Harmonization of Explosion Protection

Internationally, the standpoints on the explosion protection of electrical and non-electrical equipment are coordinated by specialized IEC and ISO working groups.In the area of electrical engineering, internationally harmonized design agreements were formulated in IEC standards at a very early stage. For the most part, this was done in conformance with the CENELEC standards. A visible sign of the harmonization is that the relevant IEC/ISO (global), EN (Europe) documents on standards agree in content and in the registration number (60079 series). Harmonization is being worked on intensively at present. This reorganization involves continuous amendments but will also make future international work easier. ISO/IEC working groups work in an identical way and use (80079 series) for application to non-electrical equipment.

Under the IECEx System, Ex equipment is developed, tested, and certified with a Certificate of Conformity (IECEx CoC) in accordance with the internationally uniform requirements (IEC/ISO standards) and is in the meantime applicable to Ex equipment assemblies consisting of electrical and non-electrical equipment too.

However, certificates are still accepted on the basis of regional (for example in Europe with the manufacturer’s EU Declarations of Conformity) and local (for example Brazilian INMETRO certificates, USA UL/FM certificates, etc.) statutory and insurance law regulations. It is often necessary to introduce amendments, for example, new certification, to conform to national requirements. In international projects, it is therefore important to engage with the users to clarify the details of the specifications with respect to the explosion protection requirements.

With ATEX Directive 2014/34/EU, the European community has provided itself with binding uniform agreed on requirements relating to the explosion protection of systems, equipment, and components, and these are supported by harmonized EN standards from the CENELEC and CEN standardization committees.

With the help of these standards, the manufacturer is able to assume during the design and
assessment of the explosion protection that he is developing safe, protective systems, equipment, and components in compliance with ATEX Directive 2014/34/EU, which will then be tested in conformance to uniform and binding inspection processes by an EU-authorized Notified Body. If the test criteria have been met successfully, the Notified Body issues the EU-Type Examination Certificates which ensure fulfillment in Europe of the uniform criteria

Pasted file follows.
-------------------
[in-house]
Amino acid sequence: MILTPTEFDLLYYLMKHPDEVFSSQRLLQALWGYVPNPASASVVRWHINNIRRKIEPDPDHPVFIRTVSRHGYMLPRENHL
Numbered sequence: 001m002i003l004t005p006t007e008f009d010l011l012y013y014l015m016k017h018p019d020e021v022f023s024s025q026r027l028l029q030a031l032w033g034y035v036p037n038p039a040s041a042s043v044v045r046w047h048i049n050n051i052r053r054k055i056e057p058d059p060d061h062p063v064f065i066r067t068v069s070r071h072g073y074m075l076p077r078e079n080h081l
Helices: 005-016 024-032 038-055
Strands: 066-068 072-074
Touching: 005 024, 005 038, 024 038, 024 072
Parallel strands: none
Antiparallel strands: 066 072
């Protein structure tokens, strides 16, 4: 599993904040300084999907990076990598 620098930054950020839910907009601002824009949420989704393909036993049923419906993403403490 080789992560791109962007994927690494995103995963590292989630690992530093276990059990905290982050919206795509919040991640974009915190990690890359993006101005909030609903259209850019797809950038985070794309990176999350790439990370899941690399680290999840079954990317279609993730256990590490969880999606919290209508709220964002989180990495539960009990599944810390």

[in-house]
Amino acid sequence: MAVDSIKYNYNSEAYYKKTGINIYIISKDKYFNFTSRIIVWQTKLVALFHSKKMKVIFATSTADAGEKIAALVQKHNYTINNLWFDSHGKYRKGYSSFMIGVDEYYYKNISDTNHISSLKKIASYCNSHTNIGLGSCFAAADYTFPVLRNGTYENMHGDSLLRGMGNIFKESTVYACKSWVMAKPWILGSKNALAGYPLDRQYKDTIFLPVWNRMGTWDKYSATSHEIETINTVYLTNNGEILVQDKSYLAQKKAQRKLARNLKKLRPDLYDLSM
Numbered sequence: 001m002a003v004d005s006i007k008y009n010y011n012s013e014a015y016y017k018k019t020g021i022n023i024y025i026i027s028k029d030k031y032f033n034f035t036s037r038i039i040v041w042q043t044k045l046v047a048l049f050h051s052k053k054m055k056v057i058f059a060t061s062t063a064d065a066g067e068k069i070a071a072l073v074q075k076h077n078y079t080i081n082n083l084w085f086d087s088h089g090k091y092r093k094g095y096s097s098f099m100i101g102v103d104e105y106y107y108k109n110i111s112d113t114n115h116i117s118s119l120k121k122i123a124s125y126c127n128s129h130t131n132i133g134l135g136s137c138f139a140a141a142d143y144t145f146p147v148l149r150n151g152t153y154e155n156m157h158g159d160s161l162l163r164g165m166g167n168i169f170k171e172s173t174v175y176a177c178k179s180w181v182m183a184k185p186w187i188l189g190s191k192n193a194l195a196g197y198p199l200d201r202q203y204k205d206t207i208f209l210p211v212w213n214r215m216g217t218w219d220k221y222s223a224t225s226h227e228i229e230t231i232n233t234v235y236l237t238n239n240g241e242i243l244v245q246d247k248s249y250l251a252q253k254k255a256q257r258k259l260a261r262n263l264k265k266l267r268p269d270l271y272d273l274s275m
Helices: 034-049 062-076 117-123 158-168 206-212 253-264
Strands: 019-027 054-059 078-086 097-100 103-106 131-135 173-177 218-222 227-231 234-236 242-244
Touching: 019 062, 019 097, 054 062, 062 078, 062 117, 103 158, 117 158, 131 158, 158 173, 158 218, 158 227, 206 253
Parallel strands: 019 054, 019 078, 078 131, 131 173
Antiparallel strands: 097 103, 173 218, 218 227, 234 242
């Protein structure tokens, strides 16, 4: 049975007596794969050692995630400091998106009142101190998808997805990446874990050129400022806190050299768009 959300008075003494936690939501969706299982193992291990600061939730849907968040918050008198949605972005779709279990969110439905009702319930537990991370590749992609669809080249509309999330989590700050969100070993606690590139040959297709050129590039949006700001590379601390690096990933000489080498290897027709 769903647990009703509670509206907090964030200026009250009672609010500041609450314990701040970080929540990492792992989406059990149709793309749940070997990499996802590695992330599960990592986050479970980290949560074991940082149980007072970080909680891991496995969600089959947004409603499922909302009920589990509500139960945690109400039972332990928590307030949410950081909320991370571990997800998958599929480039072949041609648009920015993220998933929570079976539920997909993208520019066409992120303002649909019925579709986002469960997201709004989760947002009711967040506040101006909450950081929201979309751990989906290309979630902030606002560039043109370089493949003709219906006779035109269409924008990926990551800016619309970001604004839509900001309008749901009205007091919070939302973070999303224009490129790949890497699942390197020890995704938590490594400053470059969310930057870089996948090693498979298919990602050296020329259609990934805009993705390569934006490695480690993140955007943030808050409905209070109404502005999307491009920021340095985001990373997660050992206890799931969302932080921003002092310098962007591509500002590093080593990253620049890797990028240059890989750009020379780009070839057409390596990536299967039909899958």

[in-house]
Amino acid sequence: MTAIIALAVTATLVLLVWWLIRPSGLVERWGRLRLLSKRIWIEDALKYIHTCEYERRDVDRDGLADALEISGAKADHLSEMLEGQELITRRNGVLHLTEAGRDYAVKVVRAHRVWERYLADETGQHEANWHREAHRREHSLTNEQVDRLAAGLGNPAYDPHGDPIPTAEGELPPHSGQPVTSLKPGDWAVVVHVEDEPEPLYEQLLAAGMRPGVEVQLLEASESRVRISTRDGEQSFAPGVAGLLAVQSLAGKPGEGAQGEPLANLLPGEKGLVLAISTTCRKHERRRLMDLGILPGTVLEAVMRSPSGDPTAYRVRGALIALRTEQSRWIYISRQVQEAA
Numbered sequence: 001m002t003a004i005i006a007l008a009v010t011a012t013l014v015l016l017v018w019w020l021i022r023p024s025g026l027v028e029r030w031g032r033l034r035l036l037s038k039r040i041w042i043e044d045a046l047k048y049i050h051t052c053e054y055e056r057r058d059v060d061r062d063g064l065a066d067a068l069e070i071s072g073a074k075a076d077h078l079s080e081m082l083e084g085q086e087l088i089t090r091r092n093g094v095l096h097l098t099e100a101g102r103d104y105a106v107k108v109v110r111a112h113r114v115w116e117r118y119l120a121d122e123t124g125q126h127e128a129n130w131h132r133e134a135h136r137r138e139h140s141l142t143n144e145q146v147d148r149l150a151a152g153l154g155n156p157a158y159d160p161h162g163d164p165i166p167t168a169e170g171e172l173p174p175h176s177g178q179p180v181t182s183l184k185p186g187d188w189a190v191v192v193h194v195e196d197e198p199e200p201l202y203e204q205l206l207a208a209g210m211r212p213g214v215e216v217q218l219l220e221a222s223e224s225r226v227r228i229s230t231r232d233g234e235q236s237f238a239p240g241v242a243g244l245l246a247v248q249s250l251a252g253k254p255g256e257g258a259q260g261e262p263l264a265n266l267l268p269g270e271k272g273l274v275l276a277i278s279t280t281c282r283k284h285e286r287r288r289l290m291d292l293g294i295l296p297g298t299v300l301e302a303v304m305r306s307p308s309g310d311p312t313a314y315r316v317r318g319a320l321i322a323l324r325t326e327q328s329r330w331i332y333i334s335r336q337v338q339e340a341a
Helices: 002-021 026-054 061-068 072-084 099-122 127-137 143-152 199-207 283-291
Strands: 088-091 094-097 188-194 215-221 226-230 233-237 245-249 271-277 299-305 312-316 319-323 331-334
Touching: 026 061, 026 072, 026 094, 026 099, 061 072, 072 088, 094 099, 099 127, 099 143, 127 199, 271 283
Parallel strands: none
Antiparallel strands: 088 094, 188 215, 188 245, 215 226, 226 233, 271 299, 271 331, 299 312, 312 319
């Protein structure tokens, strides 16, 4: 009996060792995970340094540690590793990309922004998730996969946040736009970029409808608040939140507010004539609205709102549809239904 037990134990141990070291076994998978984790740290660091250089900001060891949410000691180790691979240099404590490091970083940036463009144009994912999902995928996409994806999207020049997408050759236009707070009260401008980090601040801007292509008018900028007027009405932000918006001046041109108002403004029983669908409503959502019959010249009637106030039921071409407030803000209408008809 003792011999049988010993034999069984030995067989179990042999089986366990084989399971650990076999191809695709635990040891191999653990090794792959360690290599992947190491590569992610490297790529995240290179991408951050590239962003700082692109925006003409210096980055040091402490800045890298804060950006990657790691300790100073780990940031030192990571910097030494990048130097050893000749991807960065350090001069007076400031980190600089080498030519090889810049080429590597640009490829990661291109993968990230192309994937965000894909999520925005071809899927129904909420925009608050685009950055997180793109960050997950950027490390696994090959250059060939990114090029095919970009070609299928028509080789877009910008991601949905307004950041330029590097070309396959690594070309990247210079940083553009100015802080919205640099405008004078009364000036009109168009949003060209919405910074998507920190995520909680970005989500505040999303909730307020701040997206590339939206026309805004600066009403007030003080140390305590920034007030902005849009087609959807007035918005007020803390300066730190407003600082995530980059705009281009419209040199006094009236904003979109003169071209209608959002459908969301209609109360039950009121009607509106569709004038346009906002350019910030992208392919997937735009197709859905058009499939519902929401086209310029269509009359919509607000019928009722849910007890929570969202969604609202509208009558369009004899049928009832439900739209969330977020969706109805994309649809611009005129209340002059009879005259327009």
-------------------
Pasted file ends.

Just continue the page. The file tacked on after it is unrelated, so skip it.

with respect to the required Essential Health & Safety Requirements (EHSR’s) for Equipment with a very high or high safety level. These EU-Type Examination Certificates are a prerequisite for the production and the placing on the market of protective systems, equipment and components with very high and high safety levels, indicated by Category 1 and 2.

For Category 3, with just an enhanced safety level, a different approach is acceptable. The manufacturer may declare on his own responsibility that the Ex Equipment or Ex Component complies, without the involvement of a Notified Body. In the meantime, more manufacturers are asking the Notified Bodies (on a voluntary basis) to examine the intended prototypes and issue Type Examination Certificates.

Uniform classification of hazardous areas (installations) provides a basis for selecting and assigning protective systems and Ex Equipment including their installation. Under EU Directive 1999/92/EC, an Explosion Protection Document is a precondition for setting up and operating a potentially explosive facility. Only such a document makes it possible to select protective systems and equipment with respect to explosion protection and to install, operate, maintain and eventually repair them in compliance with standards. The corresponding technical rules and regulations are drawn up and adopted on a national level.

Directive 2014/34/EU accordingly formulates EU-wide uniform construction requirements for equipment used in hazardous areas while Directive 1999/92/EC contains the minimum requirements for Occupational Health and Safety, which can be increased nationally. Using the two above directives creates a closed system that makes it possible to prevent explosions reliably in order to protect people, the environment, and property effectively.


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